Arbor Day Foundation recognizes UMSL as a Tree Campus

by | Apr 22, 2019

Katy Mike Smaistrla, Tom McCoy and Claire Tyson accepted a plaque to commemorate the honor earlier this month at an annual Arbor Day Celebration luncheon.
Tree Campus USA

UMSL received recognition as a Tree Campus USA earlier this month at the annual Arbor Day celebration. From left, Sustainable Energy and Environmental Coordinator Katy Mike Smaistrla, groundskeeper Tom McCoy and sustainability specialist Claire Tyson accepted a plaque to commemorate the honor. (Submitted photo)

The University of Missouri–St. Louis has earned recognition from the Arbor Day Foundation through its Tree Campus USA program.

The program recognizes college and university campuses that effectively manage their trees; develop connectivity with the community beyond the campus border to foster healthy urban forests; and strive to engage their student population by utilizing service learning opportunities centered on campus and community forestry efforts.

To be eligible for the designation, colleges and universities must meet five standards to promote healthy trees and student involvement.

To meet those requirements, UMSL last year:

  • Established a Tree Advisory Committee that meets regularly and provides guidance for future planning involving campus trees;
  • Enacted a Campus Tree Care Plan that, among other things, outlines policies for planting, landscaping, maintenance and removal of trees;
  • Created a Campus Tree Program with dedicated annual expenditures, including for labor, equipment and supplies for tree planting, maintenance – pruning, watering, fertilization, mulching, competition control, etc. – and removal, if needed;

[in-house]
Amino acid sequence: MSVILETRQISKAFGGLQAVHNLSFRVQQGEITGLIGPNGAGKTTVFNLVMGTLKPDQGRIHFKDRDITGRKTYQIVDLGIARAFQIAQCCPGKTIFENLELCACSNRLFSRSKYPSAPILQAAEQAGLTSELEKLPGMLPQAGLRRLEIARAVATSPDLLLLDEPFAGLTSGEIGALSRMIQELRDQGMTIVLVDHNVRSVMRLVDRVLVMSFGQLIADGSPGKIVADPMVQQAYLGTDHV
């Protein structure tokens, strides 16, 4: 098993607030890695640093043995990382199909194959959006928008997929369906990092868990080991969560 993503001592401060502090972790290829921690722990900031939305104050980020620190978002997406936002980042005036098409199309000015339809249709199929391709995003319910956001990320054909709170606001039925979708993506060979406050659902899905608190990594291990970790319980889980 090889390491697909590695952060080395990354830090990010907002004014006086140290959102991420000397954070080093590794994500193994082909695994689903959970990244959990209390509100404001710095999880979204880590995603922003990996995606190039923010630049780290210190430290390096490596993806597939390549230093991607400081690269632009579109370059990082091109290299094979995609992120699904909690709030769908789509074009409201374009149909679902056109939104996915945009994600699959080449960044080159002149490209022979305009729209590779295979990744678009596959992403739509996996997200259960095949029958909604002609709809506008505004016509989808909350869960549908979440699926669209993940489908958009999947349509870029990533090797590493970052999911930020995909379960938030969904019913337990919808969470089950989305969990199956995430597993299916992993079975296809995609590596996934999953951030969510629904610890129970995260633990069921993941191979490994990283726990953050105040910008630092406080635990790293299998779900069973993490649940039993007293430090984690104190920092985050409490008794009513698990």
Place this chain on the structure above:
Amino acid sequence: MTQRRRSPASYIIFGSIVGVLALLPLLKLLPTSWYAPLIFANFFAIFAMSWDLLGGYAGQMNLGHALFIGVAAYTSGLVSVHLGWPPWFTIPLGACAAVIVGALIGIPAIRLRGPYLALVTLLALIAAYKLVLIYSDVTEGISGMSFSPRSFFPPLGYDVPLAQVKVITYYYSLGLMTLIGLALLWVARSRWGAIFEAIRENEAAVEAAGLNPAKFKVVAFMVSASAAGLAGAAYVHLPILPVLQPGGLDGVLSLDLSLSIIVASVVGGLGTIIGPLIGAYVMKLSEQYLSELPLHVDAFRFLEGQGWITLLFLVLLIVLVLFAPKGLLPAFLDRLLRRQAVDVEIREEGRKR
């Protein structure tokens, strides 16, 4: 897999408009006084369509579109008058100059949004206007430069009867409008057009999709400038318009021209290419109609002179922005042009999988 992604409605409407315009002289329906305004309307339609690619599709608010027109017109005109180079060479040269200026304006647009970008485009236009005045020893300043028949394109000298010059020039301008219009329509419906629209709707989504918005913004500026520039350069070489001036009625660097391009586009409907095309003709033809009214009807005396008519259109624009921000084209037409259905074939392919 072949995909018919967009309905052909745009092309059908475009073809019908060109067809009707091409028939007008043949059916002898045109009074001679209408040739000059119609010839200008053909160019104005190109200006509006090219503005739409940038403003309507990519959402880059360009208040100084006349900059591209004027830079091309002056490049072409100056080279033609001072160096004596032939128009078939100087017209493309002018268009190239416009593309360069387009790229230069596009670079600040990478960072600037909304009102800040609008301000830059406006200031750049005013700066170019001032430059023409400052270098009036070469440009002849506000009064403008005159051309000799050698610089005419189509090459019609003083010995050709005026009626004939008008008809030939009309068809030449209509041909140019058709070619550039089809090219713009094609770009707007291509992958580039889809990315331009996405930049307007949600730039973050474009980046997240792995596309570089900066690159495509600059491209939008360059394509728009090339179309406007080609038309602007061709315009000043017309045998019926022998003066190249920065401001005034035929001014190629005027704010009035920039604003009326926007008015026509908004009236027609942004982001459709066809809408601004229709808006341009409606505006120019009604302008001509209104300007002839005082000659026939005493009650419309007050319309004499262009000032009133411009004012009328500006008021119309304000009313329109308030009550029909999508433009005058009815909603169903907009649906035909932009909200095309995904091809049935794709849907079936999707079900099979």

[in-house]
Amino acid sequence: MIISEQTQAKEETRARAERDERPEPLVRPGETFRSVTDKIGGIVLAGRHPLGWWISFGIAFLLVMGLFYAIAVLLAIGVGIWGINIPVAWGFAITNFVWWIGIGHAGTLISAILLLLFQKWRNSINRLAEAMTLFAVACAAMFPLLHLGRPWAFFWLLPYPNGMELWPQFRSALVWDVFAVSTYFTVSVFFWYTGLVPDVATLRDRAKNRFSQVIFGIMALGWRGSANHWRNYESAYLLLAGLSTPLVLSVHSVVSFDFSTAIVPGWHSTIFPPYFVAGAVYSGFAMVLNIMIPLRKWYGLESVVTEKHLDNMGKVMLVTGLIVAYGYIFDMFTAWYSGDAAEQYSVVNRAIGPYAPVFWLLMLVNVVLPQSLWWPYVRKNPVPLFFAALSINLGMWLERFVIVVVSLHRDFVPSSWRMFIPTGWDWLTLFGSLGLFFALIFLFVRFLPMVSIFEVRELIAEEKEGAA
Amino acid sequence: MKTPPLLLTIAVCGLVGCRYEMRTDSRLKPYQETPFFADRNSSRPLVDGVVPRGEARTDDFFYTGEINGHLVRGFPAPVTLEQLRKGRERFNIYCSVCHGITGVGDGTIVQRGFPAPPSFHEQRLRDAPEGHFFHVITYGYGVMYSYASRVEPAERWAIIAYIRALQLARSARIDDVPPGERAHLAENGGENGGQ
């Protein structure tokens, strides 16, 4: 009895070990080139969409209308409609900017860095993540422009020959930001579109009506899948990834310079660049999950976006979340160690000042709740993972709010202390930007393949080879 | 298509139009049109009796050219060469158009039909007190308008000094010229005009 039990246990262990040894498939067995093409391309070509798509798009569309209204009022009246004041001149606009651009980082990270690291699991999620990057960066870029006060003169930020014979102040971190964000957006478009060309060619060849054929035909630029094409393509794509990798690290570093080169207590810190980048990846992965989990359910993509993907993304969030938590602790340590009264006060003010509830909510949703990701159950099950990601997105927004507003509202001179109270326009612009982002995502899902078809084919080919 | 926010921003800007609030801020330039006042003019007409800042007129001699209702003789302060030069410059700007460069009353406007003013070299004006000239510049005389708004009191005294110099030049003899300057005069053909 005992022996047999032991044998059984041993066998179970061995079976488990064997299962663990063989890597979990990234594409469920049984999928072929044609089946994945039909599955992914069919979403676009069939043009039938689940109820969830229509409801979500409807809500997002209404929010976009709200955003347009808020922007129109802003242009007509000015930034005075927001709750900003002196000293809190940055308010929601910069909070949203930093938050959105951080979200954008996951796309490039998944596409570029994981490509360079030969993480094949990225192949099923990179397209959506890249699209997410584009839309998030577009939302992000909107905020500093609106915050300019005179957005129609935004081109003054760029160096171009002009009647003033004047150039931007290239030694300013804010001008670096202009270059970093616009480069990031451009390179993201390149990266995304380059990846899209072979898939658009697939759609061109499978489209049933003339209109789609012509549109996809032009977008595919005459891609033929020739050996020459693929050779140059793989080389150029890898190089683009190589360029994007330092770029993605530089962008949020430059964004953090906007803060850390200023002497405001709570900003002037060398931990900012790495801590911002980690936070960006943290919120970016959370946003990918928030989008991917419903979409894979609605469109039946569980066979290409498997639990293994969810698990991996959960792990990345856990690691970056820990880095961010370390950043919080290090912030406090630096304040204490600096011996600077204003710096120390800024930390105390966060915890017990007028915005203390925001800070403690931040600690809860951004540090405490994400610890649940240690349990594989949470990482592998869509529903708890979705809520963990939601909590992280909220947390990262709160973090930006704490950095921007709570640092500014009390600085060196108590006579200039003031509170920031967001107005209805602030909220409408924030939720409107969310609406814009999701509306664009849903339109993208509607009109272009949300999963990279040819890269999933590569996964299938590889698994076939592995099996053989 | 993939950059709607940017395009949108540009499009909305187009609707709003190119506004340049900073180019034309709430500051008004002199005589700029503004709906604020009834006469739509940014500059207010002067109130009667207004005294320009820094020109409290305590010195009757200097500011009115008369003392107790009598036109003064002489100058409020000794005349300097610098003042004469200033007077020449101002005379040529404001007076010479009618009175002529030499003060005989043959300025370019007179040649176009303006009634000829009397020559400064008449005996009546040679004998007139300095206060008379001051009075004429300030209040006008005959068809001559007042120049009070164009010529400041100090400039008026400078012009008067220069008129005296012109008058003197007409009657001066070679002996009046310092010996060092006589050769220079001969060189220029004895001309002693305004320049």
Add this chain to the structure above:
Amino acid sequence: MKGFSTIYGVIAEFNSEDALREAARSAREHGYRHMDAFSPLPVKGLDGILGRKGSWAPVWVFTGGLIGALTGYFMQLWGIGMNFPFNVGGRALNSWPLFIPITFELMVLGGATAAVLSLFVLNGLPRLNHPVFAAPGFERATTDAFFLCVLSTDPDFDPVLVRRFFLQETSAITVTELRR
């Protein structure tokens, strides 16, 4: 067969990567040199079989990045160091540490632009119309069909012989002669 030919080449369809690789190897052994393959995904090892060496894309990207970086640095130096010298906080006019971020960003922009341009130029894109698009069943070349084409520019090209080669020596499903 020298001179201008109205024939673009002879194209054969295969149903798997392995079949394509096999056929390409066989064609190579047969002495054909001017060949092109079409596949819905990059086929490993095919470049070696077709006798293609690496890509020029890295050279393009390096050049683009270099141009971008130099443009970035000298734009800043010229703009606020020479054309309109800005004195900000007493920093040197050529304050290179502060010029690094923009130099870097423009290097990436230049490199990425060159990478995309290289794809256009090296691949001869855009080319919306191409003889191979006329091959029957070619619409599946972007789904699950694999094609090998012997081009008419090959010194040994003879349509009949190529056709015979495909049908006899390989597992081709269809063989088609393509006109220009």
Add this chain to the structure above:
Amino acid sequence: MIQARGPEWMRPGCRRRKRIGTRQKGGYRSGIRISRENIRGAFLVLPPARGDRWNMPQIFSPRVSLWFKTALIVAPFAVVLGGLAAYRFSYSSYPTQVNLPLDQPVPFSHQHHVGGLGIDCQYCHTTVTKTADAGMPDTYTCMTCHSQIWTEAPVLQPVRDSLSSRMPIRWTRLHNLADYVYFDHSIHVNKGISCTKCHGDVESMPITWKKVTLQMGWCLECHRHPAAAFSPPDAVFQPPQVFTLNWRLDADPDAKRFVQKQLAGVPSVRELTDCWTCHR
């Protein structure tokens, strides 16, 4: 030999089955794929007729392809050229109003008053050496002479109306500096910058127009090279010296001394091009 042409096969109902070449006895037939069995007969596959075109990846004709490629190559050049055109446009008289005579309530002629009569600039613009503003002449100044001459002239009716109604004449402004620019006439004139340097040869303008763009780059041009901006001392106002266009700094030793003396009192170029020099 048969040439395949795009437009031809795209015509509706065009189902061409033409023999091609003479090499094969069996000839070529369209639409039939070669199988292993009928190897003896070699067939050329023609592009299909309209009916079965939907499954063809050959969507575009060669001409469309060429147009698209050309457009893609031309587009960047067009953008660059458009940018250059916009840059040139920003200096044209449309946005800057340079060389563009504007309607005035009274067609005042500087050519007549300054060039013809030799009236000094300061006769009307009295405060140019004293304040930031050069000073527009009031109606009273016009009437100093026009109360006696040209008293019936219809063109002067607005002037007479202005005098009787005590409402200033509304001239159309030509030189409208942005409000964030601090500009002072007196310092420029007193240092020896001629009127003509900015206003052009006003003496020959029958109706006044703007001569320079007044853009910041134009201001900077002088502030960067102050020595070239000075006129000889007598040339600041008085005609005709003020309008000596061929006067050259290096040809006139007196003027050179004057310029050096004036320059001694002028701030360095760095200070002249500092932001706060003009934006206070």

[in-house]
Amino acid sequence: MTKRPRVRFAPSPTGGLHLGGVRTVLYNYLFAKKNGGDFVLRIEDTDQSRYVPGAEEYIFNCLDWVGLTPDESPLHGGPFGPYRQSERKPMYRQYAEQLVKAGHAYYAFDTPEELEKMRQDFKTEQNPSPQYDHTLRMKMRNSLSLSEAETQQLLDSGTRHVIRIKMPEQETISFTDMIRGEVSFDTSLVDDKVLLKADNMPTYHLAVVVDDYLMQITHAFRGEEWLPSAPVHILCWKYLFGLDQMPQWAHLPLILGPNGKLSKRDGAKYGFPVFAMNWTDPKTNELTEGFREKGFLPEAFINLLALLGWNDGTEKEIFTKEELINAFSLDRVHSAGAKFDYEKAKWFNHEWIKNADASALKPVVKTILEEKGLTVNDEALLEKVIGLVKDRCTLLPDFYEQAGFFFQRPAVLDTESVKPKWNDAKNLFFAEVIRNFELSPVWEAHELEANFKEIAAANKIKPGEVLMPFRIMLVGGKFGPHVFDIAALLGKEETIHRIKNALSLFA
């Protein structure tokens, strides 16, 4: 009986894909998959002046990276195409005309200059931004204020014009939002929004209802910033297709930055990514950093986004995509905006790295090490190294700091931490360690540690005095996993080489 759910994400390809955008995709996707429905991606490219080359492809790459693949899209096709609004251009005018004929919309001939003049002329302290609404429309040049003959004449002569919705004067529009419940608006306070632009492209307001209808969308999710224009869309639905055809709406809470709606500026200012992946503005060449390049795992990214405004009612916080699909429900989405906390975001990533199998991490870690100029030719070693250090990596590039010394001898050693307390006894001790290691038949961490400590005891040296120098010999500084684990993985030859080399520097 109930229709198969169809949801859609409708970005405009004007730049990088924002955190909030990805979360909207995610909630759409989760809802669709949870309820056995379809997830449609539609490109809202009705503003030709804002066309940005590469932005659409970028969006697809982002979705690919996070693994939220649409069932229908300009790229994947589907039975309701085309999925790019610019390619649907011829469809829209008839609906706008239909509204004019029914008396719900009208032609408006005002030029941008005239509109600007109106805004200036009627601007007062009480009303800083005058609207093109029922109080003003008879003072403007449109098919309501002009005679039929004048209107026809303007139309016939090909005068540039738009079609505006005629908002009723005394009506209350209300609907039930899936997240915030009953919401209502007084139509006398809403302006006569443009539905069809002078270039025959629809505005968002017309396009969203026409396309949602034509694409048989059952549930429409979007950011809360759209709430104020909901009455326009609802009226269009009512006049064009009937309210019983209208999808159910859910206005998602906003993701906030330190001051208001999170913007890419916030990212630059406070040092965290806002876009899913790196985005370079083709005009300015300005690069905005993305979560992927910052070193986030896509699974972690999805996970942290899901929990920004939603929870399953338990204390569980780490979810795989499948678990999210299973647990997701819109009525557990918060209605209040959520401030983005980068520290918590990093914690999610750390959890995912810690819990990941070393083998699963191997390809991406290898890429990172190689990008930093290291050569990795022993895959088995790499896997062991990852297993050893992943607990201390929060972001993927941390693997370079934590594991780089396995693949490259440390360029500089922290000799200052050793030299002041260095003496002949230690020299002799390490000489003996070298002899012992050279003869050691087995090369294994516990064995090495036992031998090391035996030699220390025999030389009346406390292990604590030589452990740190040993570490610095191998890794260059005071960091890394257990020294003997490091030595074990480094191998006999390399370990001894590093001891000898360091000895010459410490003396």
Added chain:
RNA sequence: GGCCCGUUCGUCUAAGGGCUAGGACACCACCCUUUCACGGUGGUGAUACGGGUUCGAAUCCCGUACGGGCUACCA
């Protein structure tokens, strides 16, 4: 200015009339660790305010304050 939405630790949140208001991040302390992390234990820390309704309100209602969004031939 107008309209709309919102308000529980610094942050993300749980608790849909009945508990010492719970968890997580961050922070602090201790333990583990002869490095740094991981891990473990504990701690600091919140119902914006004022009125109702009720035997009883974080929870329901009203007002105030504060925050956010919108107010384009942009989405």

• Held an Arbor Day observance;
  • And hosted a service learning project as an opportunity to engage the student population.

To fulfill the service learning requirement, UMSL used a grant of $7,425 from the Missouri Department of Conservation’s Tree Resource Improvement and Maintenance to fund a full inventory of all campus trees. It was the first such inventory since 2007, and the results of the inventory can be seen by the campus community through Davey’s TreeKeeper urban forestry management software, a web-accessible page that shows each individual tree overlaid onto a satellite picture of campus.

Approximately 2,400 trees grow among UMSL buildings with an estimated 2,000 more on natural land areas across a campus footprint that spans almost 500 acres.

Steve Walentik

Steve Walentik

Eye on UMSL: Tending the gardens

Biology student James Ott and Sustainable Energy & Environmental Coordinator Katy Mike Smaistrla pull weeds last week in the native gardens north of the Recreation Wellness Center.